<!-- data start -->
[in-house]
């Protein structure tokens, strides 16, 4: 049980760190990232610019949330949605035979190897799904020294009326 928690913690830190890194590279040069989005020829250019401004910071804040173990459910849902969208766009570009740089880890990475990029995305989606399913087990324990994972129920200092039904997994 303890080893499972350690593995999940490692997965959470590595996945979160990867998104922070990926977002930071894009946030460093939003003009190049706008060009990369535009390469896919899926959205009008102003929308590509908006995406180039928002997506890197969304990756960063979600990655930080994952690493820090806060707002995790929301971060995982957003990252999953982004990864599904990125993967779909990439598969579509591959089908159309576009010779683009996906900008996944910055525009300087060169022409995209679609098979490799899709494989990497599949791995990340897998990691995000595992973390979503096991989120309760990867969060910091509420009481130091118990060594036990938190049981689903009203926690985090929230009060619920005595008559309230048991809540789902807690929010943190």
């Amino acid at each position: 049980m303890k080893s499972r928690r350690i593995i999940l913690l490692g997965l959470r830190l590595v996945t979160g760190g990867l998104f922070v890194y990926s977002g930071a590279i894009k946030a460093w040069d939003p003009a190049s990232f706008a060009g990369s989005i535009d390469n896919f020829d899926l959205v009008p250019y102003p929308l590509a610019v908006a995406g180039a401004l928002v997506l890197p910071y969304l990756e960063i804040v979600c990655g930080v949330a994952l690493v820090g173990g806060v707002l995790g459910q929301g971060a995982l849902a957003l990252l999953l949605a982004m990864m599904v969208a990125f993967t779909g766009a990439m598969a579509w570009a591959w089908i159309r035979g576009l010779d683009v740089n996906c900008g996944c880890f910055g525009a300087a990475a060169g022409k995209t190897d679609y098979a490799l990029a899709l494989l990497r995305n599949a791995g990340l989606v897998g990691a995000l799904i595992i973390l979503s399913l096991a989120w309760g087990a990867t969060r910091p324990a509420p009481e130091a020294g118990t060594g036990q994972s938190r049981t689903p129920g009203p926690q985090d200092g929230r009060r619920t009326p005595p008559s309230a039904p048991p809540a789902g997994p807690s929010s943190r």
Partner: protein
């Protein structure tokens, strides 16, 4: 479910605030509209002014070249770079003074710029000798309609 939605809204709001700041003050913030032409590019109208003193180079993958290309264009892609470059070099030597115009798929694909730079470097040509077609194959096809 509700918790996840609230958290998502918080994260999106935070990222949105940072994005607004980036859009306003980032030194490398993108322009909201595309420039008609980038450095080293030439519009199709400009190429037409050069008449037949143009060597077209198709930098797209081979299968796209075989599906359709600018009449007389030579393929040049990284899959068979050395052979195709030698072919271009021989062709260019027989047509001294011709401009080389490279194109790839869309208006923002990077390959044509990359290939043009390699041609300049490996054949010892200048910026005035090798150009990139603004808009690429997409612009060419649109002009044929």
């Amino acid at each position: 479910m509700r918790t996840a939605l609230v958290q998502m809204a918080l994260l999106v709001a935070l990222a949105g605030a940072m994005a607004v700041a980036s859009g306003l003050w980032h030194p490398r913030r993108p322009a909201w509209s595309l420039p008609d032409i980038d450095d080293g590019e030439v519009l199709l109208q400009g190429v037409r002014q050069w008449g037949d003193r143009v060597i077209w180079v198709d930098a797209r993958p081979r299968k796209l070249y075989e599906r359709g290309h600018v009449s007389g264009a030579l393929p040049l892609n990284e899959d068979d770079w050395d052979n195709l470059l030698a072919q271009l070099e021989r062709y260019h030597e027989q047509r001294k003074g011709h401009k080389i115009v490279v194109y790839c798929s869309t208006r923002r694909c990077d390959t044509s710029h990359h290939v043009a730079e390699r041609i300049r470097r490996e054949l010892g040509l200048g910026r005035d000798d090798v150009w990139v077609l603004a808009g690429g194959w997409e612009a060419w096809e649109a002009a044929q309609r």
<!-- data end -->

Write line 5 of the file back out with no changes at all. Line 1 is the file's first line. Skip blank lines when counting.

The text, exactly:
């Protein structure tokens, strides 16, 4: 479910605030509209002014070249770079003074710029000798309609 939605809204709001700041003050913030032409590019109208003193180079993958290309264009892609470059070099030597115009798929694909730079470097040509077609194959096809 509700918790996840609230958290998502918080994260999106935070990222949105940072994005607004980036859009306003980032030194490398993108322009909201595309420039008609980038450095080293030439519009199709400009190429037409050069008449037949143009060597077209198709930098797209081979299968796209075989599906359709600018009449007389030579393929040049990284899959068979050395052979195709030698072919271009021989062709260019027989047509001294011709401009080389490279194109790839869309208006923002990077390959044509990359290939043009390699041609300049490996054949010892200048910026005035090798150009990139603004808009690429997409612009060419649109002009044929």